In the final movement the piano opens in a lovely theme soon joined by the cello that, again, adds a more passionate sound. There is a leisurely feel to this music under laid by a slightly nostalgic vein. Later the music rises up passionately to a climax with Isserlis drawing so much intense feeling from the music. As the intensity falls, the piano brings the music back but it is the cello that leads to a dramatic, fast and frenzied coda.

This is a striking work that will immediately appeal to listeners for its drama and emotional strength. It is finely played by these two fine artists.

Martinů’s Sonata No.2 for cello and piano, H.286 (1941) was written after his arrival in the USA and reflects, to some extent, a more optimistic outlook.

The piano opens the Allegro with a theme that darts around before the cello joins. Again there is terrific playing from both these two players, who respond to Martinů’s every twist and turn. Soon there is a quieter section that brings some exquisite playing in this more thoughtful passage. But nothing can hold back the infectious energy of this music as it soon takes off again. There are passages where the tautness of Isserlis and Mustonen’s ensemble is astonishing.

The piano gives the feeling of a tense solemnity in the opening of the Largo. As the cello joins it is clear that, for all Martinů’s bravado in the first movement, his thoughts cannot be kept from the events of his homeland with the music developing quite passionately. Centrally there is a passage for solo piano, heralded by a descending motif, before the cello joins in the angst filled drama with the piano providing an accompaniment that resembles a tolling bell. Eventually the music descends to a gentle hushed presentation of the opening melody as the music slowly leads to the coda.

With the Allegro commodo, Martinů sweeps aside all the dismal thoughts in a movement that has a fast rhythmic base to the music. There is more, fine playing from both cellist and pianist as they share the theme, responding brilliantly to each other. Towards the end there is a cello cadenza before the music races to the coda.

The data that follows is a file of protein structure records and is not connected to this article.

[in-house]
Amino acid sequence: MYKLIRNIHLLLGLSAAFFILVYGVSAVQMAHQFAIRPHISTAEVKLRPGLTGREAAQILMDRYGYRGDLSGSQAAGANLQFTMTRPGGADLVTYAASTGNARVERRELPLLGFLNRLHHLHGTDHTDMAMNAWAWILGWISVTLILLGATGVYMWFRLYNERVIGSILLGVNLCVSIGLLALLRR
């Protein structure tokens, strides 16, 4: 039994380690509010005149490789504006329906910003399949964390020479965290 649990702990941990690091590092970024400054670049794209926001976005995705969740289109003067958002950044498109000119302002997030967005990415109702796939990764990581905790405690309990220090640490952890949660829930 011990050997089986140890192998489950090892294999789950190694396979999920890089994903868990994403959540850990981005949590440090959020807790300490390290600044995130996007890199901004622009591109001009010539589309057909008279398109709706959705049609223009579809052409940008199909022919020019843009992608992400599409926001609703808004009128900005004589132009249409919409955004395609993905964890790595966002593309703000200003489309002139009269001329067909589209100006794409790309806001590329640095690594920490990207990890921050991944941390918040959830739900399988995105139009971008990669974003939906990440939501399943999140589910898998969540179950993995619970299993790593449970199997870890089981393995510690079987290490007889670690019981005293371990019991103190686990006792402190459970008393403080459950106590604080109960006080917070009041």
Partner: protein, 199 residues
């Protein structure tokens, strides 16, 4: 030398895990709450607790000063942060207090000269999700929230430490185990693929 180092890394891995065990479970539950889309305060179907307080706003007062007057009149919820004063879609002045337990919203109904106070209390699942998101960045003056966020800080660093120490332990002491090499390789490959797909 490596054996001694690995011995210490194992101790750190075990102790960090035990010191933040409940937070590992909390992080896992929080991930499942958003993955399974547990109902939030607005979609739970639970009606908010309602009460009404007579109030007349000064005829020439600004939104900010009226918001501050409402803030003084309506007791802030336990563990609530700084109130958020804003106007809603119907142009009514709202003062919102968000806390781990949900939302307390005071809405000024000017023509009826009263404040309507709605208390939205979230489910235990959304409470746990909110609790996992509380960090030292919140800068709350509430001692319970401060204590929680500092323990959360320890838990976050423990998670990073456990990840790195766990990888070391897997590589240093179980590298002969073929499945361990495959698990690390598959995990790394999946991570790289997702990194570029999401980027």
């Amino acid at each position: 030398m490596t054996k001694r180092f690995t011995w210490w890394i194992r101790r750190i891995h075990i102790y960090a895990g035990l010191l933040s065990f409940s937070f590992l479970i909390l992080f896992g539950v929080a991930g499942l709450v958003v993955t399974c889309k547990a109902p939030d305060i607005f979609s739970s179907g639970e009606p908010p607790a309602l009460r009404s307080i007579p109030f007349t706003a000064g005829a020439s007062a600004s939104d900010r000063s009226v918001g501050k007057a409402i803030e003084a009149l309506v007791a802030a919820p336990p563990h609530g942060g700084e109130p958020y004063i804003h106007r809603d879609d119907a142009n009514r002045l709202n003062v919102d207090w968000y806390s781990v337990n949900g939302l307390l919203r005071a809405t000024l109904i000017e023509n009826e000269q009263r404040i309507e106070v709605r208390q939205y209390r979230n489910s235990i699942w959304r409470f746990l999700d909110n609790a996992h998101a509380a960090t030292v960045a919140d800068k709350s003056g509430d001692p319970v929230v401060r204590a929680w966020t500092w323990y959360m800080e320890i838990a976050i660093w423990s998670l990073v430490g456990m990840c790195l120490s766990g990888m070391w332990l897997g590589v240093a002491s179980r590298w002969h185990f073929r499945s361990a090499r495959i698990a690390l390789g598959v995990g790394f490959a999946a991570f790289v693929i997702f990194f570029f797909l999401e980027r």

Jean Sibelius (1865-1957) wrote his Malinconia, op.20 for cello and piano (1900) following the death of his infant daughter, Kirsti during a typhus epidemic. It is one of only two works that the composer wrote for cello and piano, the other being his Fantasia from around 1889. Malinconia was also originally called Fantasia.

There is some glorious playing from Steven Isserlis in the opening solo of Malinconia, with his lovely tone drawing all the dark, tragic feeling from the music. Mustonen is terrific in the florid piano sections that follow. This is a remarkable piece that allows both players to demonstrate their formidable techniques whilst drawing out the intense passion that imbues this work. Neither holds back in allowing the intense emotion through, as well as putting their phenomenal techniques to the test. It is only toward the end that the music allows a gentle respite, but only briefly as the piano leads both players to more passionate playing before a subdued but intense coda.

Martinů’s Sonata No.3 for cello and piano, H.340 (1952) dates from the year that he took US citizenship. The Poco andante – Moderato opens with the piano in an optimistic theme before the cello joins. There is a lightness here, even optimism, as the music moves forward. There is a section for solo piano before a slower section for cello where the piano, nevertheless, keeps a lively rhythm. This is music full of changeability of tempo and rhythm with some broader passages typical of Martinů before the coda.

The piano opens with pizzicato cello as the Andante slowly and tentatively emerges becoming quite animated as it progresses. Soon a slower melody appears, drawing the music into a more thoughtful mood but soon developing in intensity before quietening in a particularly lovely section that leads to a quiet conclusion.

There is a buoyant, rhythmic piano opening to the Allegro (ma non Presto) soon joined by the cello as the music bounces forward. There is a lovely solo piano passage before the cello re-joins leading with ever more energy to the triumphant coda.

Steven Isserlis and Olli Mustonen give superb performances of these works, full of emotion and drama and, of course, fine musicianship.

The recording, from Potton Hall, Suffolk, England, is well up to BIS’ high standards and there are excellent booklet notes by Steven Isserlis.